sodium borohydride and autofluorescence

Martin Offterdinger a8803349 at unet.univie.ac.at
Mon Jun 16 03:43:19 EST 1997


On Fri, 23 May 1997 22:36:18 -0700, Tom Frey <tomfrey at sprintmail.com>
wrote:

>Guy Hermans wrote:
>> 
>> In article
>> <Fergus.Doherty-ya02408000R2205971605060001 at news.nottingham.ac.uk>,
>> Fergus.Doherty at nottingham.ac.uk (Fergus Doherty) wrote:
>> 
>> > Anyone know how to reduce/abolish autofluorescence on formain fixed,
>> > paraffin embedded sections of human endometrium?  (Obviously dewaxed before
>> > use, but which give a high fluorescent background never having seen any
>> > antibody).
>> 
>> > Fergus.Doherty at nottingham.ac.uk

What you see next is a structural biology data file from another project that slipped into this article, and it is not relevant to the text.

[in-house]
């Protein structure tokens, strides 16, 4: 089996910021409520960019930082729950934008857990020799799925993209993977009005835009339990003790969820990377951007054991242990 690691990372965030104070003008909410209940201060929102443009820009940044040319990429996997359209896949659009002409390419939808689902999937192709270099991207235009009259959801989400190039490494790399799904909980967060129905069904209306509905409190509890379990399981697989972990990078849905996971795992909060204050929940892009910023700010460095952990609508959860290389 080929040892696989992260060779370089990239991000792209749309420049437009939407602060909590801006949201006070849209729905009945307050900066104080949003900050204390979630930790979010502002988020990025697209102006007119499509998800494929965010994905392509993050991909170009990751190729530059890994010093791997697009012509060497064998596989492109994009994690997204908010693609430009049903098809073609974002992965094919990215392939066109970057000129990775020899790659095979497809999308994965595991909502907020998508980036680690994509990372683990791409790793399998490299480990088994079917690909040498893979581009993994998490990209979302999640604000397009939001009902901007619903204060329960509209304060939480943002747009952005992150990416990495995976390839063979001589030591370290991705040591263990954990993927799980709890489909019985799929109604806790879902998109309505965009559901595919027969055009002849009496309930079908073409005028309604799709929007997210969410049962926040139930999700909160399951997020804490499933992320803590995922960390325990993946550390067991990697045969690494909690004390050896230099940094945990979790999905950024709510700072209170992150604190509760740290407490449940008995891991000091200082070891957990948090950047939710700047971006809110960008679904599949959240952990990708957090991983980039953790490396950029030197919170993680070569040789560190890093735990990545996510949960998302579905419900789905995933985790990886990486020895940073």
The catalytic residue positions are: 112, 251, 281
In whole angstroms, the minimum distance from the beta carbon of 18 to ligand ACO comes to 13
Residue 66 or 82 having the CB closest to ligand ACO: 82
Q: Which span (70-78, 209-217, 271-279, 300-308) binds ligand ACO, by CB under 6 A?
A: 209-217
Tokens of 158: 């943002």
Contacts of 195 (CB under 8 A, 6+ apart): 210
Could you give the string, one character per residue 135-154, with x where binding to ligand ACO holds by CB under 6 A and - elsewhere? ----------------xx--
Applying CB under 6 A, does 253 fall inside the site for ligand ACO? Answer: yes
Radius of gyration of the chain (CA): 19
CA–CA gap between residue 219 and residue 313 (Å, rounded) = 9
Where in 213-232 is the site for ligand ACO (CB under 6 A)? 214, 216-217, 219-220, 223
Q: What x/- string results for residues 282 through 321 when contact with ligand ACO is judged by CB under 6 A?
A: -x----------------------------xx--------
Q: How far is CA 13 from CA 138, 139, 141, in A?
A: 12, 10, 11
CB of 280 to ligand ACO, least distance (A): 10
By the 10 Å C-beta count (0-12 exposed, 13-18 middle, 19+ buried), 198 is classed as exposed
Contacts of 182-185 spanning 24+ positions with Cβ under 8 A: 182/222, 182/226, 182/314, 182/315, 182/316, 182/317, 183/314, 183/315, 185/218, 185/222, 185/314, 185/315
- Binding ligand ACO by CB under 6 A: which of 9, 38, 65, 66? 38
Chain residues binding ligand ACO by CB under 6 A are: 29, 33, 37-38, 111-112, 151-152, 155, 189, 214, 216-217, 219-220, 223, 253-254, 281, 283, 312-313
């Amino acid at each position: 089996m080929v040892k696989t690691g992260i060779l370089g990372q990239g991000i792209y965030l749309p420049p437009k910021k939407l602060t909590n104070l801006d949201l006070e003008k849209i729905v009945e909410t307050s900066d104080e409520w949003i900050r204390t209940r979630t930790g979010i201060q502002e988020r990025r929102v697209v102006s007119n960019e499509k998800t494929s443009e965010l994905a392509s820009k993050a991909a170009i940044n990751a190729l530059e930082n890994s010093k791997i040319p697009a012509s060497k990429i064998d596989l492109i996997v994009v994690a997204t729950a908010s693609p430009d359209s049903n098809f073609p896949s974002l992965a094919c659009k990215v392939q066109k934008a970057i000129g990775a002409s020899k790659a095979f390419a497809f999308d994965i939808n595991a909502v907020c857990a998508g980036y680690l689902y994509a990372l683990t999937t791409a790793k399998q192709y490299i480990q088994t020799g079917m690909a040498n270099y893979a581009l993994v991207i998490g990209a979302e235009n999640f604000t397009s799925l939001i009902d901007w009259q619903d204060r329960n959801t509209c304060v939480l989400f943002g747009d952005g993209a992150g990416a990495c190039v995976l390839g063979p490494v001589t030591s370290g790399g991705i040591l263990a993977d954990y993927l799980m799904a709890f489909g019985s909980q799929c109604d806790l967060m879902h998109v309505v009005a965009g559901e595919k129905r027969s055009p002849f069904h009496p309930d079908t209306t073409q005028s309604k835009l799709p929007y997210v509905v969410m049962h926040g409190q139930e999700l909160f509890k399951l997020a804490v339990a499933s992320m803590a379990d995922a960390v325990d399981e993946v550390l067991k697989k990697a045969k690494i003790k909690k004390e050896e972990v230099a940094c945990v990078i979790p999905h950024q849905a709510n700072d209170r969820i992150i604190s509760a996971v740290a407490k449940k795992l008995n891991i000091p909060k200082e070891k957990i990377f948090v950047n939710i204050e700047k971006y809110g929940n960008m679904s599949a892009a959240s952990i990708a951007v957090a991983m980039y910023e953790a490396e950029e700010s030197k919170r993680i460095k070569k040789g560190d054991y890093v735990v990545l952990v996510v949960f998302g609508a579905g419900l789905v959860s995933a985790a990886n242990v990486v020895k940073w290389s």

>> 
>> In flow cytometry we try to avoid formalin fixation as much as possible -
>> it's knows to cause a drastic increase in autofluorescence, creating a
>> very high background. Try another fixative!
>> 
>> Guy
>> 
>> --
>> Guy Hermans, PhD student
>>   Ms research Unit              Immunology research group
>>   Dr. L. Willems-Institute      Dept. of Physiology, LUC
>>   University Campus             University Campus
>>   B-3590 Diepenbeek             B-3590 Diepenbeek
>>   Belgium                       Belgium
>> Voice  ++32(0)11/26.92.07
>> Fax    ++32(0)11/26.92.09
>
>Actually, in flow we frequently use paraformaldehyde (dilute formalin)
>but studiously avoid glutaraldehyde.  (EM grade glutaraldehyde is
>apparently OK and some people use it)  There are some tricks with
>reducing agents (sodium borohydride) that have been published for flow
>to reduce flourescece
What does sodium borohydride do-I mean I know that it is a reducing
agent, but why should it reduce autofluorescence?? Does anyone know
this?
Martin




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